Operation Identification has the heavy task of examining the remains of migrants

SAN ANTONIO – Locating the graves of migrants who died illegally entering the United States is the start of the grim and often complex task undertaken by Operation Identification at the Center for Forensic Anthropology at Texas State University .

Dr Kate Spradley, professor of anthropology and director of Operation Identification, said she and her students have examined more than 300 remains recovered from cemeteries in South Texas since 2013, but only 43 have been identified.

“The fact that we have over 250 unidentified remains, I think, speaks to the obstacles that are apparent in transnational identifications,” Spradley said.

She said that at least now the recently enacted Law on Missing Persons and Unidentified Remains is the first acknowledgment of the loss of human life at the border.

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“It’s a real foot in the door to do more,” said Spradley.

To help with the effort, the law provides funds to governments, nonprofits, aid groups, forensic scientists and laboratories working to identify thousands of migrant remains along the southern border. -Where is.

Spradley said the language was added with input from the Forensic Border Coalition, a humanitarian collaboration between non-governmental and government organizations.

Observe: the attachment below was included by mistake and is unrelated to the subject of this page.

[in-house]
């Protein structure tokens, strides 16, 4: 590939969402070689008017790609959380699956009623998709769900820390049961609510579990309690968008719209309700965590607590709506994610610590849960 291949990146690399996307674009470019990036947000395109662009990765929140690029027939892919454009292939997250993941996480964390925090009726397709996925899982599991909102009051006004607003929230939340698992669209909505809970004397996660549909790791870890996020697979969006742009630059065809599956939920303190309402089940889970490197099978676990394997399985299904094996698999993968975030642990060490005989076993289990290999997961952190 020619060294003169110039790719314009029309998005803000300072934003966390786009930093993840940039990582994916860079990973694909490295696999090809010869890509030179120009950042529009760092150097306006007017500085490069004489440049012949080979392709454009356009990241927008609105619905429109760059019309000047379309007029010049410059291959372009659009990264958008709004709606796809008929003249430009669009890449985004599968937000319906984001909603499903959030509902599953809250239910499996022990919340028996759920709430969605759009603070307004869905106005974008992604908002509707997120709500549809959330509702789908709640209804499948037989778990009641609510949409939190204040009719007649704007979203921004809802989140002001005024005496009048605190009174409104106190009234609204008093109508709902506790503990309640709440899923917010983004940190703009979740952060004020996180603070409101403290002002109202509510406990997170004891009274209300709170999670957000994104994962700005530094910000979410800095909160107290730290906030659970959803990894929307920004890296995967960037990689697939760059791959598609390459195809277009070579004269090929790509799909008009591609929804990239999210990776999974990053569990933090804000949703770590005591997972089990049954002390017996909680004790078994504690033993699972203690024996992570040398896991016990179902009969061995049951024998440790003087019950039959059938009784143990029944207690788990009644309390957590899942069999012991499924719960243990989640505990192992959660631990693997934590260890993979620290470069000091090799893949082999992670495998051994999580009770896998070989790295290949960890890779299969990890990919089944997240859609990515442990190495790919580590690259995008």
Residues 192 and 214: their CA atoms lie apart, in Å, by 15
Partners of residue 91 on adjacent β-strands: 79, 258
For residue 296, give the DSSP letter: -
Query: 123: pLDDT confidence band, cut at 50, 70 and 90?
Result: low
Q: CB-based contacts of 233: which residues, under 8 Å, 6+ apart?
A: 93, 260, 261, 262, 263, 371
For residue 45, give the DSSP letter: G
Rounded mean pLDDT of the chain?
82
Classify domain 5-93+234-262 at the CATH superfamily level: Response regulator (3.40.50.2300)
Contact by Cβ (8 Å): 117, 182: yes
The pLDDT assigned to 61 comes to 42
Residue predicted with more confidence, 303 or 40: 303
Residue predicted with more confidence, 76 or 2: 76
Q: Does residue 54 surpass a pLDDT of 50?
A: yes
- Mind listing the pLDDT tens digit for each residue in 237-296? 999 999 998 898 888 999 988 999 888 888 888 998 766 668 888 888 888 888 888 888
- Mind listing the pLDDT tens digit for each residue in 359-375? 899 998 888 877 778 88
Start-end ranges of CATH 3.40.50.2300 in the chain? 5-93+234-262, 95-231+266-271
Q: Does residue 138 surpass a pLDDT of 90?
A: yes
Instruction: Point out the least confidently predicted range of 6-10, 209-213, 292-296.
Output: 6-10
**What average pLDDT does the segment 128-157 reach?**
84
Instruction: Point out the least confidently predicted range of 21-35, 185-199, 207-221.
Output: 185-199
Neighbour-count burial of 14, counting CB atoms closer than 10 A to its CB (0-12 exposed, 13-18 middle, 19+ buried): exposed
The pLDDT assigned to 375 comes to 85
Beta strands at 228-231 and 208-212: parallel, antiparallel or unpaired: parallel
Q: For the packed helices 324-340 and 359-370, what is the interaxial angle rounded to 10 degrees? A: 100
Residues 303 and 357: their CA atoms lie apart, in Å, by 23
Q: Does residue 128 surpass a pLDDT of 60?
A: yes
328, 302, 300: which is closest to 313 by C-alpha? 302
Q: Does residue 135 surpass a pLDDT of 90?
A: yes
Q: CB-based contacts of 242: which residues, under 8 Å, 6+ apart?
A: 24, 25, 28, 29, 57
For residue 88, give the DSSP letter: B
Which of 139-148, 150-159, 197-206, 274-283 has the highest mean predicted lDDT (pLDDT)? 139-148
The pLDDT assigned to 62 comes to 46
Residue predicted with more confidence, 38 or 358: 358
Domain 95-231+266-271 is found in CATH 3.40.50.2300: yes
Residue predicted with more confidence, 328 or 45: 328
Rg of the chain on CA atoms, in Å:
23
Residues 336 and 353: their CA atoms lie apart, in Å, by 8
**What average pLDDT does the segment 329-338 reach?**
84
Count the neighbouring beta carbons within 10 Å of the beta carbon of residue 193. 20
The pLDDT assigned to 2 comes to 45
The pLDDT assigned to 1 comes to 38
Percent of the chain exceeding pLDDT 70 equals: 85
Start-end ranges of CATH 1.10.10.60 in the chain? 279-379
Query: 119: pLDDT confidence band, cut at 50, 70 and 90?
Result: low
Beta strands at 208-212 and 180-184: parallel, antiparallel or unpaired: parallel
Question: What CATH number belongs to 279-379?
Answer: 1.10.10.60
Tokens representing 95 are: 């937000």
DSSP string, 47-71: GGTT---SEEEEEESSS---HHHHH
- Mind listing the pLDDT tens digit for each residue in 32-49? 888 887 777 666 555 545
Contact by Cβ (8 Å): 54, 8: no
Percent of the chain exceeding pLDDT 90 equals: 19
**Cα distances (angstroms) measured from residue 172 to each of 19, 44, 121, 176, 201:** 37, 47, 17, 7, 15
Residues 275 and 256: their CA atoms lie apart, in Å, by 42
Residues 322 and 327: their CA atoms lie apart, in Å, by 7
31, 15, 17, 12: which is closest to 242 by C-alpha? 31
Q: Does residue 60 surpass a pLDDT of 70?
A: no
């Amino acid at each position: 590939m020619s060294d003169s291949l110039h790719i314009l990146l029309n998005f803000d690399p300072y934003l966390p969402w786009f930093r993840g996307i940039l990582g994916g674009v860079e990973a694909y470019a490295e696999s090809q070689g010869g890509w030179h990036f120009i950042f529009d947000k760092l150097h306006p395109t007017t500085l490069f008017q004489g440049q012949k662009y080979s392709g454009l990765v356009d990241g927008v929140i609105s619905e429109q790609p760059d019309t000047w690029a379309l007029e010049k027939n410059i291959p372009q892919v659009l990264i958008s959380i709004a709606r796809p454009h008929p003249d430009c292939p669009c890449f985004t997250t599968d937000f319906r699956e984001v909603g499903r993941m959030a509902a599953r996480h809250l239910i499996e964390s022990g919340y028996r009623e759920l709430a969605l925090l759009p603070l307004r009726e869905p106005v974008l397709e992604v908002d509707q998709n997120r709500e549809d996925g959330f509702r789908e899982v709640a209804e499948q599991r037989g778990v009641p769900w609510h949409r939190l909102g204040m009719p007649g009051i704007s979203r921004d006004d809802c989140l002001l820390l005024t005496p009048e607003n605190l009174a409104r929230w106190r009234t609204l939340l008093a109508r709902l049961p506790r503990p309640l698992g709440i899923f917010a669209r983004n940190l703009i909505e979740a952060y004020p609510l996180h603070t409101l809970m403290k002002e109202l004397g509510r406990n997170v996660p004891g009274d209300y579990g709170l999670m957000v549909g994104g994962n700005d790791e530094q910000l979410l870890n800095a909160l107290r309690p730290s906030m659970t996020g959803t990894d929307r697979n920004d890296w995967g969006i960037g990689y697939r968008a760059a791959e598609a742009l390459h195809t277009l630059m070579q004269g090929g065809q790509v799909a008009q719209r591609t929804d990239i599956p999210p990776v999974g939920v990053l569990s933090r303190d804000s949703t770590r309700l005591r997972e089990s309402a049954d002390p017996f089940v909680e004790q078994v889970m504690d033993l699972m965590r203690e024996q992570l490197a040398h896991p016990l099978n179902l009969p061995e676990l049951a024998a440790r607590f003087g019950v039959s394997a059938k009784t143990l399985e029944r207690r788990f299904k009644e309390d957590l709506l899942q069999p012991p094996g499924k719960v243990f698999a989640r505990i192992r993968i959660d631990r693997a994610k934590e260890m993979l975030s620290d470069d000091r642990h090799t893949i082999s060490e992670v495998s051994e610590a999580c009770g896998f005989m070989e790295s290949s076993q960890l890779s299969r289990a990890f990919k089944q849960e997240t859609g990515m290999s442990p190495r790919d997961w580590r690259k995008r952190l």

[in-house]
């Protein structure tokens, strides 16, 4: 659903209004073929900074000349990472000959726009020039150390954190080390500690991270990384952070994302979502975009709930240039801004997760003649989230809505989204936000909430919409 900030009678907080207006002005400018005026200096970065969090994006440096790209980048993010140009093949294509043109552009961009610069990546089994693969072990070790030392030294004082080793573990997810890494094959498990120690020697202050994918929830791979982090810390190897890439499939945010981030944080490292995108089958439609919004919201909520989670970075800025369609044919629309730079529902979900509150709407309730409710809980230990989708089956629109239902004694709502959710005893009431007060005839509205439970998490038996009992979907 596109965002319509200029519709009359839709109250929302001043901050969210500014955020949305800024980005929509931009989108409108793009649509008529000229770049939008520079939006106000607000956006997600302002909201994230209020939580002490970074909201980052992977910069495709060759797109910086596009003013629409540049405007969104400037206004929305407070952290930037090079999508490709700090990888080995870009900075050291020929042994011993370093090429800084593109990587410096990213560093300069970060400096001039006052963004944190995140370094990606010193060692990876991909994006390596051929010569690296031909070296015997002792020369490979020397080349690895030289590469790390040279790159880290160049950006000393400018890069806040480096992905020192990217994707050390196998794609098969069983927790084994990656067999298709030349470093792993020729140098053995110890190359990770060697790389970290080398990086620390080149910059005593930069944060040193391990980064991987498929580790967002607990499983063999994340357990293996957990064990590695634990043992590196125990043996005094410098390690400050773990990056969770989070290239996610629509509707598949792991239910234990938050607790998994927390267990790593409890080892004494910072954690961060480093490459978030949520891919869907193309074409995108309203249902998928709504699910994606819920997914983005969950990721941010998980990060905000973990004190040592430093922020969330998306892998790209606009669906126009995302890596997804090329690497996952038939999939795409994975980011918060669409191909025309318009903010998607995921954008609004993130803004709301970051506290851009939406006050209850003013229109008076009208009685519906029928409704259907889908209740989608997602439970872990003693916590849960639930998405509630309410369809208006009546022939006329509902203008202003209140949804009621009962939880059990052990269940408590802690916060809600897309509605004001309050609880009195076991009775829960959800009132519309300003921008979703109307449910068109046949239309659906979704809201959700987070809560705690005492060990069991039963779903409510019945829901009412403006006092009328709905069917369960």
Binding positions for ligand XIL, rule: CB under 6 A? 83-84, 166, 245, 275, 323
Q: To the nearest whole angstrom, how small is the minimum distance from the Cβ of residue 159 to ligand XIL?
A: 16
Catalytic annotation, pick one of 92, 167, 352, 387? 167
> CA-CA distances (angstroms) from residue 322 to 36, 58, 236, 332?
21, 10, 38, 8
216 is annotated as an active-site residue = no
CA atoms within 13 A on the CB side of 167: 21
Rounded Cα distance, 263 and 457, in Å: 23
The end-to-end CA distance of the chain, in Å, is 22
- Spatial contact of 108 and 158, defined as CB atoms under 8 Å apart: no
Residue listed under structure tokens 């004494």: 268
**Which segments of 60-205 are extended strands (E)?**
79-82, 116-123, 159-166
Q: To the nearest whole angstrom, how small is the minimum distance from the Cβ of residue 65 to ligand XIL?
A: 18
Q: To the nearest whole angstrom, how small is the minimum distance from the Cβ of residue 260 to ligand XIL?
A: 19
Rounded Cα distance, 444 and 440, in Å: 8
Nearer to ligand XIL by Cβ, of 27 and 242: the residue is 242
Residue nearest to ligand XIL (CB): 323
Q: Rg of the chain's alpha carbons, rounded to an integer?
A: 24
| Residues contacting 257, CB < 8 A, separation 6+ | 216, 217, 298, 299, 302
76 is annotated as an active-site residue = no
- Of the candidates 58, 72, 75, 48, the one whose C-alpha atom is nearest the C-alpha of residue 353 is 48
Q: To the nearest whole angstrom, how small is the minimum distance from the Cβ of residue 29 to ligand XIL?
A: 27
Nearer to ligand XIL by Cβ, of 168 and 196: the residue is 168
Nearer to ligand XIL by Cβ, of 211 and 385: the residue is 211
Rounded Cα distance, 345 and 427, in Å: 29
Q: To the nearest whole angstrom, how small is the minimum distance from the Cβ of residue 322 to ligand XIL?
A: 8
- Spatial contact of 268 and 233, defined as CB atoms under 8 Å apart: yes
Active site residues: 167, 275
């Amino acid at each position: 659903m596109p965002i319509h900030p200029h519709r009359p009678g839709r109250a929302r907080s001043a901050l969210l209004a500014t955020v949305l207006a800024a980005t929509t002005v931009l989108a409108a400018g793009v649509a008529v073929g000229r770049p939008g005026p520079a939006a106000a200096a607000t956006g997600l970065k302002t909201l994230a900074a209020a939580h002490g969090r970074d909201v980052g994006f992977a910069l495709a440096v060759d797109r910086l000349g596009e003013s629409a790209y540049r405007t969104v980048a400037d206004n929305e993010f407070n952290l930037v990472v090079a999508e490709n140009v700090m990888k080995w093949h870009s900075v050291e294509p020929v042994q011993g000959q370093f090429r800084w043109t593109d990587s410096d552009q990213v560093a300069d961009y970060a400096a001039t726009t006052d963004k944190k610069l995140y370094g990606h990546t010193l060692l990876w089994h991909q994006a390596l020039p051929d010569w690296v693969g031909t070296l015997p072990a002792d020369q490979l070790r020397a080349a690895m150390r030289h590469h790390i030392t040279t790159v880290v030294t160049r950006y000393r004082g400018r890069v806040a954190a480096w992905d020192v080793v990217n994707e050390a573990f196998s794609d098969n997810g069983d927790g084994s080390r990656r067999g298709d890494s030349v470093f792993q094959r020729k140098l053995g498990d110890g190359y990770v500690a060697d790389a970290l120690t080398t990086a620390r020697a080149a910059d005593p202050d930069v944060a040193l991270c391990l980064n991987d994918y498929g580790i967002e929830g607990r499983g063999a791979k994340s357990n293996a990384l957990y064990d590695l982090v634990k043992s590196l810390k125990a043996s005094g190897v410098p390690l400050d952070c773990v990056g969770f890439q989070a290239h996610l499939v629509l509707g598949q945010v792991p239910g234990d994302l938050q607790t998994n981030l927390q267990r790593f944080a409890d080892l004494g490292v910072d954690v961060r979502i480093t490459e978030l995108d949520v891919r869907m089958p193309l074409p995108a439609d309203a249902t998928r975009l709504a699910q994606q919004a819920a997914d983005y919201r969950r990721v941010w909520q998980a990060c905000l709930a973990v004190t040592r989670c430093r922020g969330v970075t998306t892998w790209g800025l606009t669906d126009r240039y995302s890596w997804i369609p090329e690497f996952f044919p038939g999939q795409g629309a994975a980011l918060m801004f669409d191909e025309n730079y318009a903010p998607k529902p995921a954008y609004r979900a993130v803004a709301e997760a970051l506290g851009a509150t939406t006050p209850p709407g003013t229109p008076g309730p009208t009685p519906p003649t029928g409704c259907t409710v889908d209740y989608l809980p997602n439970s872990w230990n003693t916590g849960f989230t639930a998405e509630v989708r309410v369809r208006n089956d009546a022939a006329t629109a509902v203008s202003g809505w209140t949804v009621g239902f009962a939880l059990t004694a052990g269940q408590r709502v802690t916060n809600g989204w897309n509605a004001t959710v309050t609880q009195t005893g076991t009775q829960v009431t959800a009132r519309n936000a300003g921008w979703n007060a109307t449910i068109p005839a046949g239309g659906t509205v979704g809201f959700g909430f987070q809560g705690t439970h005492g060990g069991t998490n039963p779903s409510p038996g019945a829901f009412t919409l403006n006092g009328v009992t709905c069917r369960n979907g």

“The new law provides funding for labs to increase capacity, buy more supplies and hire more people, to speed up the backlog,” Spradley said.

Bipartite legislation would also help improve reporting of missing migrants to CODIS, the Combined DNA Index System, and to NamUS, the national missing and unidentified persons systems.

“These are great systems and they work well for American citizens,” Spradley said.

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However, Spradley said families in Mexico and Central America are not allowed to submit reports or DNA.

She said it also does not address the broader issues of transnational data sharing.

Spradley said with the DNA database owned by the FBI, “They don’t want to allow this data to cross transnational borders.”

Instead, she said Operation Identification relied on Argentina’s forensic anthropology team to help identify the remains.

“It’s easy for us because they work on behalf of multiple governments,” Spradley said.

Known around the world for its work, the Argentina-based nonprofit scientific organization nominated for the 2020 Nobel Peace Prize was created after thousands disappeared during a brutal military dictatorship in the United States. late 1970s and early 1980s.

“Everything we do, we do for families, we do to bring dignity to unidentified remains,” Spradley said.

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